Propellants of the invention possess the high thermal stability required for auto safety applications, high burning rates and fast ignition reaction times which render them suitable as smokeless propellants for use in hybrid inflator systems for automotive safety air bag applications.
The propellant which is the major energy constituent in the propellant system of the invention is a crystalline, particulate nitramine selected from cyclotrimethylenetrinitramine (RDX), cyclotetramethylene-tetranitramine (HMX) and mixtures thereof. A minor portion of the RDX or HMX propellant may be replaced by an auxiliary oxidizer propellant to impart improved oxygen balance to the system. Suitable oxidizer propellants include crystalline ammonium nitrate (AN), triaminoguanidinium nitrate (TAGN), pentaerythitrol tetranitrate (PETN) and mixtures thereof.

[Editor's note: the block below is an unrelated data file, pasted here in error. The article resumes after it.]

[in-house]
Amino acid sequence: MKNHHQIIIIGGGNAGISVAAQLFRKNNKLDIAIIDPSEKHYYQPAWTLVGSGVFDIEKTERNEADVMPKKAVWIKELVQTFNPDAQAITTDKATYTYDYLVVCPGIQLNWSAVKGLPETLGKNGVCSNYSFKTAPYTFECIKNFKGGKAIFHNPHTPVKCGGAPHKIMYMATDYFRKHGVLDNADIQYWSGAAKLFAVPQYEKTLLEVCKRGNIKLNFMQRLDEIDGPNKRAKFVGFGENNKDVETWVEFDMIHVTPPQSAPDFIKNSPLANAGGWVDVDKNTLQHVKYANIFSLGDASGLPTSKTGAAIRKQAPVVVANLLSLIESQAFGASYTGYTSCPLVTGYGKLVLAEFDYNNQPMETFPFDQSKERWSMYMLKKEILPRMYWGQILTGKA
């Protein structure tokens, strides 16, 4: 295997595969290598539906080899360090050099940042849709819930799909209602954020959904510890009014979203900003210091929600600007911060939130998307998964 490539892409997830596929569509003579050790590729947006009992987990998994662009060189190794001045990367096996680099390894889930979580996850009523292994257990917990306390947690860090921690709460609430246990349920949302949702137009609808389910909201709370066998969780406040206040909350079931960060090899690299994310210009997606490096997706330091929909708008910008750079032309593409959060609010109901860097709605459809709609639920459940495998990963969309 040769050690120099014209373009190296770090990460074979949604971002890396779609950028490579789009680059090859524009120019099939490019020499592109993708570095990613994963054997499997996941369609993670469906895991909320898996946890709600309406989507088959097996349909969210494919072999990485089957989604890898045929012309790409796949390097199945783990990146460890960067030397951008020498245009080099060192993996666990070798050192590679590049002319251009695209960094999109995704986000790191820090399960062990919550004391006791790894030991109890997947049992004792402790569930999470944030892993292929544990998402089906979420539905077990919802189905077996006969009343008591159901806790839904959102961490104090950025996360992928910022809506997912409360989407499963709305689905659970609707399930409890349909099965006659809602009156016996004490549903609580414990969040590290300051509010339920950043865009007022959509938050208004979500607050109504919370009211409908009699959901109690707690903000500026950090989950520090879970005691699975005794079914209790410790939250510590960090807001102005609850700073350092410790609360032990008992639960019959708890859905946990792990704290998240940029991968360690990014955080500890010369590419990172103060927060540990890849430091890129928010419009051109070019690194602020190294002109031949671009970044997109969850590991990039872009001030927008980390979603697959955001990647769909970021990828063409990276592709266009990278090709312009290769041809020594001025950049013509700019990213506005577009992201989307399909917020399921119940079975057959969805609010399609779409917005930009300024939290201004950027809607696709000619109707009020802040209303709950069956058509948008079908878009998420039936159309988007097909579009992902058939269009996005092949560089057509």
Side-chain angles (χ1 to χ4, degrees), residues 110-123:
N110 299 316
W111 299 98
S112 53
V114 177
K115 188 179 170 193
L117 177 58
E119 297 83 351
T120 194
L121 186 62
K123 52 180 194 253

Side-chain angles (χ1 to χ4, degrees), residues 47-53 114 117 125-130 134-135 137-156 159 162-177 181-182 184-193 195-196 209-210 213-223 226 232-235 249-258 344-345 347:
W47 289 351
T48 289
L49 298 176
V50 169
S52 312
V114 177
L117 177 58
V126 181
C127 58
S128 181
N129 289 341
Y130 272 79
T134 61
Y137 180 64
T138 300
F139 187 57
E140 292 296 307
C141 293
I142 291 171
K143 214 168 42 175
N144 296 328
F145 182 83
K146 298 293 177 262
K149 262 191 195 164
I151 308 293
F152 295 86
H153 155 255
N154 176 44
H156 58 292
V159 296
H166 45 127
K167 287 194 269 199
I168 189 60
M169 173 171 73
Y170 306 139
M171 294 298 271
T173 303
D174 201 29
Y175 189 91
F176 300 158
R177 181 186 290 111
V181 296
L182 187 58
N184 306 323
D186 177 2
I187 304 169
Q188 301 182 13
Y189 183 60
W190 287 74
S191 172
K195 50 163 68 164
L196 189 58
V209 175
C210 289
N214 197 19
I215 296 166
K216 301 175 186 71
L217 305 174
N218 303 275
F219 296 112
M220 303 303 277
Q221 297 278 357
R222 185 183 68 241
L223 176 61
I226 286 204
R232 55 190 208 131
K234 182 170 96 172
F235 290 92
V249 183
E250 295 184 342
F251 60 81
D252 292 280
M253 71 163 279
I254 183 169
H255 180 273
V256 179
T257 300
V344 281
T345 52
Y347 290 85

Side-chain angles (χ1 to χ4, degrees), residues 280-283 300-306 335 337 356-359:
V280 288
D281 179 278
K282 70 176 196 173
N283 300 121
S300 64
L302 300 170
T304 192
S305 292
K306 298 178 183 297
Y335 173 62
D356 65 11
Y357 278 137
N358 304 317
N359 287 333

Where the propellant consists essentially of HMX or RDX, it is present in the composition at a preferred level of from about 70 to 80% by weight. Where the propellant comprises a mixture of HMX or RDX with AN, TAGN, or PETN, the HMX or RDX component is present at a level of at least about 40% by weight and the auxiliary oxidizer may be present at a level of from about 5 to 35% by weight. Where AN is the auxiliary oxidizer propellant it is present at a level of from about 5 to 15% by weight. Other auxiliary oxidizer propellants such as TAGN are present at preferred levels of from about 20 to 35% by weight.
These propellants or mixtures thereof should be present in the composition in the form of relatively finely ground particles having a median particle size of from about 2 to 30 microns, more preferably from about 3 to 15 microns, and are uniformly dispersed in an energetic or non-energetic binder as described hereafter.